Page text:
The authors conclude: “The review identified an emphasis on technical aspects of maternity, particularly intrapartum care in Europe, rather than a consideration of the systematic or comprehensive measurement of care processes contributing to non-intervention and physiological (normal) birth. It was also found that the links between care processes and outcomes related to a normal mode of birth are not being measured.”

 

Professor Edwin van Teijlingen

CMMPH

Open Access publishing does not have to be expensive!

Nepal J Epid Open AccessAs it is Open Access Week I would like to clarify one of the Open Access publishing myths.  One of the common replies I receive from academics colleagues when raising Open Access publishing is that it is (too) expensive. This is, of course, true for many academic journals, but not all are expensive.  Some don’t even charge a processing fee at all.  Infamously, The Lancet Global Health charges an article processing fee of US $4750 upon acceptance of submitted research articles.  More moderately priced scientific journals still charge anything up to about £1,500 per article.

Open-Access-logoAcademic publishing has been big business for decades, and Open Access has rapidly become part of that business.  While traditional book and magazine publishers struggle to stay afloat, research publishing houses have typical profit margins of nearly 40%, according CBCNEWS who quote Vincent Larivière from the University of Montreal’s School of Library & Information Science.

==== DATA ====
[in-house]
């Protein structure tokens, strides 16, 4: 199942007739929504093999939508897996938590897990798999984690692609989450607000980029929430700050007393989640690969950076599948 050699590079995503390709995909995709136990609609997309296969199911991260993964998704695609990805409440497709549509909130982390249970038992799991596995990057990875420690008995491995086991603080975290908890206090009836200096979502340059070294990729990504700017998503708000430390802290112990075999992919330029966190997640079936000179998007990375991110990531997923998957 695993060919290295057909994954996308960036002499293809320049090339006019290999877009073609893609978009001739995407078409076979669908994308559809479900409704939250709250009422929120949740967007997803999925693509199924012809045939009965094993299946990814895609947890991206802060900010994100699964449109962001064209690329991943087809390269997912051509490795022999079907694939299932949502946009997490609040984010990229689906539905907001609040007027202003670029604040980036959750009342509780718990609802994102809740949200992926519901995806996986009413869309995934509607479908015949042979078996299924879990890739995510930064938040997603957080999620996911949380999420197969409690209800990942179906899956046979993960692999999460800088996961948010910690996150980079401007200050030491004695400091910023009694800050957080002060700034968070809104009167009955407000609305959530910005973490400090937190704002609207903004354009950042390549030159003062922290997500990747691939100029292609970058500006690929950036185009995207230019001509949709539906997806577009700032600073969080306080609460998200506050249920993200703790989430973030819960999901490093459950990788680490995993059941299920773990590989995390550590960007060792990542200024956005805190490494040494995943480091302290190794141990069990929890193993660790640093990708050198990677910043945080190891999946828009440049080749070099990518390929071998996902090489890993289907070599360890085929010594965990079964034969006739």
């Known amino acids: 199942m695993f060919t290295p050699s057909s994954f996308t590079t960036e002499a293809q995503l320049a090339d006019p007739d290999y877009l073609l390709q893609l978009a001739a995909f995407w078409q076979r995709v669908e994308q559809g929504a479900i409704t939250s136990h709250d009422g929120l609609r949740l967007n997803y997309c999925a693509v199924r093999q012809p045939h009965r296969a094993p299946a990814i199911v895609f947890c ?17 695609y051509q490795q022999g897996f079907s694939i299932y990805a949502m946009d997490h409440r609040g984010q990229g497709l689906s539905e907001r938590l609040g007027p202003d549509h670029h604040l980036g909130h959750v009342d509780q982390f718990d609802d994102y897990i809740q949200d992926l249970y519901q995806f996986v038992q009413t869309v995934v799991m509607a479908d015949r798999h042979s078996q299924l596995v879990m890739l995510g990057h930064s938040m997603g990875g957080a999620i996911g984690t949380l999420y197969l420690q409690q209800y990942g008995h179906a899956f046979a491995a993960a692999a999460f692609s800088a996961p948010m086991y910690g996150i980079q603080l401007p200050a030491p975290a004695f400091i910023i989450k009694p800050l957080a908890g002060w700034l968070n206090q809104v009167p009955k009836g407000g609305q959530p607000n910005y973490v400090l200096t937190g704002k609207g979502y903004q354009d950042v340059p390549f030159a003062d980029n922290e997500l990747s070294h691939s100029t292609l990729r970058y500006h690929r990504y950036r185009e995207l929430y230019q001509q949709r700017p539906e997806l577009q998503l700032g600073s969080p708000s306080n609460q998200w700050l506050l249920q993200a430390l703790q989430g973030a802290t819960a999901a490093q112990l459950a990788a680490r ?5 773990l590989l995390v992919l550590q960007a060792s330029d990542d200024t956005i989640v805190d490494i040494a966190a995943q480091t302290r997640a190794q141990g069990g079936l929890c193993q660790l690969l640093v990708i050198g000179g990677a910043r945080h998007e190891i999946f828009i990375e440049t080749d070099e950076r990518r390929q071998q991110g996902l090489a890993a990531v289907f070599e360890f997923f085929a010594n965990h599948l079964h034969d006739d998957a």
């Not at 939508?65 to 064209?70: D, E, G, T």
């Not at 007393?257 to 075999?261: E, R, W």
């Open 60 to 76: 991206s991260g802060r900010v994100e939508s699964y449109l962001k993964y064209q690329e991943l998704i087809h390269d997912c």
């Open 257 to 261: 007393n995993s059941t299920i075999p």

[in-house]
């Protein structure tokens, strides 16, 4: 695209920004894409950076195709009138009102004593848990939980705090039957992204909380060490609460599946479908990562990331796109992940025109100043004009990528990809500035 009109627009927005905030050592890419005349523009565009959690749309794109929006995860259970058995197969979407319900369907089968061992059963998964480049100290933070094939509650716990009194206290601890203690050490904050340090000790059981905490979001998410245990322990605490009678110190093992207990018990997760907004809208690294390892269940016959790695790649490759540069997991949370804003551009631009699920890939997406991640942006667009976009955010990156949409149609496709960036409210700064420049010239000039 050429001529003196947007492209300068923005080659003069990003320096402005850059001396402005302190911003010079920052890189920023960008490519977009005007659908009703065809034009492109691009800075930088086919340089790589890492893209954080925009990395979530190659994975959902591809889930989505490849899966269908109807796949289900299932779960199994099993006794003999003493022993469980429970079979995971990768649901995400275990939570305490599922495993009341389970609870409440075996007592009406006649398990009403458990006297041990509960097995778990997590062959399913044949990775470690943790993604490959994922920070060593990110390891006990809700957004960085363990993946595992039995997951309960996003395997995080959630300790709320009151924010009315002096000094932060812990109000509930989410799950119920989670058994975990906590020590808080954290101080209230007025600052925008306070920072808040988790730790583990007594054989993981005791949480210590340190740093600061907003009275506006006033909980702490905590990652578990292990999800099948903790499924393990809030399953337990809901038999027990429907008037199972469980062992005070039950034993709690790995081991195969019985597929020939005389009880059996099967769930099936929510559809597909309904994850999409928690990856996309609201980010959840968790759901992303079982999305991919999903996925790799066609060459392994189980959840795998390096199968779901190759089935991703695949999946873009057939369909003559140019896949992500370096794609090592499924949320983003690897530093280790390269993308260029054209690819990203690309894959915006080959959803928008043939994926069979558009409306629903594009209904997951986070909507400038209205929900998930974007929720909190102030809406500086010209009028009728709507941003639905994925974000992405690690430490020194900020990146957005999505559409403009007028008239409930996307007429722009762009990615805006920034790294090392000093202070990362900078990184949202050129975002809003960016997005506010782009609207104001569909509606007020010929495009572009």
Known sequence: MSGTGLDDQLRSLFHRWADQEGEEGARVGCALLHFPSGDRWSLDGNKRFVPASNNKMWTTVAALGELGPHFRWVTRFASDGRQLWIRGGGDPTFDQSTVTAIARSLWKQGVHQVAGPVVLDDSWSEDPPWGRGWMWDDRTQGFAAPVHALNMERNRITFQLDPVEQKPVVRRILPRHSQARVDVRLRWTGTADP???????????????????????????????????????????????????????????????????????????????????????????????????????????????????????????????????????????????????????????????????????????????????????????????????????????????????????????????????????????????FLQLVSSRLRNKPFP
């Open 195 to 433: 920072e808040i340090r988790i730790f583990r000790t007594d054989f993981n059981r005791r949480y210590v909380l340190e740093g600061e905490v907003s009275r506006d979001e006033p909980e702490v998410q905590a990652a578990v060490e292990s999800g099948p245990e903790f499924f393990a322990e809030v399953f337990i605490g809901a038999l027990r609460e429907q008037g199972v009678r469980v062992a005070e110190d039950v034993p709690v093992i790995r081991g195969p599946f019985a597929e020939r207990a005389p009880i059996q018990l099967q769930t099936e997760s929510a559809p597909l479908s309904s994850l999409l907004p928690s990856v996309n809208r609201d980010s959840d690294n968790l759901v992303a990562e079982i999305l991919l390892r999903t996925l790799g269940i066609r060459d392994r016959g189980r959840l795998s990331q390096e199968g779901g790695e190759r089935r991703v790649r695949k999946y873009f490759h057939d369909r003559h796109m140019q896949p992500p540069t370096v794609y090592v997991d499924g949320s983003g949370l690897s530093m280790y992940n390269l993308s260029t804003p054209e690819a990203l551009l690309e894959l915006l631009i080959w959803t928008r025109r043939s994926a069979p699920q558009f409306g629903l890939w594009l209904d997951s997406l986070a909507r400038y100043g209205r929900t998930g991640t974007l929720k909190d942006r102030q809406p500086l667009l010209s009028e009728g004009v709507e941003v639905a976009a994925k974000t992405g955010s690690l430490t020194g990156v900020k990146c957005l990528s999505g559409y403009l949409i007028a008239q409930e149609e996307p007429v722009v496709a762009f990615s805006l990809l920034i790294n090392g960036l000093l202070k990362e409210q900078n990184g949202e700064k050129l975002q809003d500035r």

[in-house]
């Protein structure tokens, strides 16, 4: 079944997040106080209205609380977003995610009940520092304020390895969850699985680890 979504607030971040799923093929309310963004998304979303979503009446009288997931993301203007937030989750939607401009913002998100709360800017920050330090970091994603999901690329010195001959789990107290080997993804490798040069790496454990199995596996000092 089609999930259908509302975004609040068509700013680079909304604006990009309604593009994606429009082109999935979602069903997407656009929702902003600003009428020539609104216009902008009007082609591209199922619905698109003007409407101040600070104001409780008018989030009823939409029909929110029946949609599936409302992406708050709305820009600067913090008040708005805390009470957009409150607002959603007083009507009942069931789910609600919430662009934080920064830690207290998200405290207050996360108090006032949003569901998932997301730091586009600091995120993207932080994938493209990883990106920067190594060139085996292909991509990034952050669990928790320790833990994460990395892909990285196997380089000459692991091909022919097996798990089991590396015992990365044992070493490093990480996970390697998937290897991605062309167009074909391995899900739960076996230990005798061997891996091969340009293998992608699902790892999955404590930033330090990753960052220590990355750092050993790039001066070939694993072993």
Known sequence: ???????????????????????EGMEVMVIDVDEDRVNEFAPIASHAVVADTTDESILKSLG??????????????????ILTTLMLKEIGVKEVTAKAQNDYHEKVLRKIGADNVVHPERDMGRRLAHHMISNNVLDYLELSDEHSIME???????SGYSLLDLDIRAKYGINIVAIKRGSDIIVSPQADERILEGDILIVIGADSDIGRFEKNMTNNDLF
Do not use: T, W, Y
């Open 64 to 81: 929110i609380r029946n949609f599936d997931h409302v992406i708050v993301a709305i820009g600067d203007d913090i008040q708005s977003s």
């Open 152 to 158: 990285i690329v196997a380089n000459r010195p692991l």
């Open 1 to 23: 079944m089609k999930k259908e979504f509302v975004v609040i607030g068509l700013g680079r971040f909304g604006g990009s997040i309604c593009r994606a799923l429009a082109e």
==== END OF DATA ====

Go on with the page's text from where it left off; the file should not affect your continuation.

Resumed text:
At the same time we see a sharp increase in so-called Predatory Publishers who have set up business for the sole reason to make money from Open Access publishing.  They have not established or taken over academic journal for the greater good of the discipline or the dissemination of research findings to the widest possible audience.  Unscrupulous publishers jump on the Open-Access bandwagon BU librarian Jean Harris recently shared an interesting article about Predatory Publishers (click here to read this!).

J Asian MidwHowever, there are other format of Open Access. One of our more recent papers on research ethics was published in the Nepal Journal of Epidemiology which is an online Open Access journal that does not charge authors for publishing!  Also the Journal of Asian Midwives, where FHSS PhD student Preeti Mahato recently had her article accepted, is hosted in Pakistan by Aga Khan University through its institutional repository eCommons.  Publishing in this Open Access online journal is also free of charge.  In other words, Open Access publishing does not have to be expensive!

 

Prof. Edwin van Teijlingen

CMMPH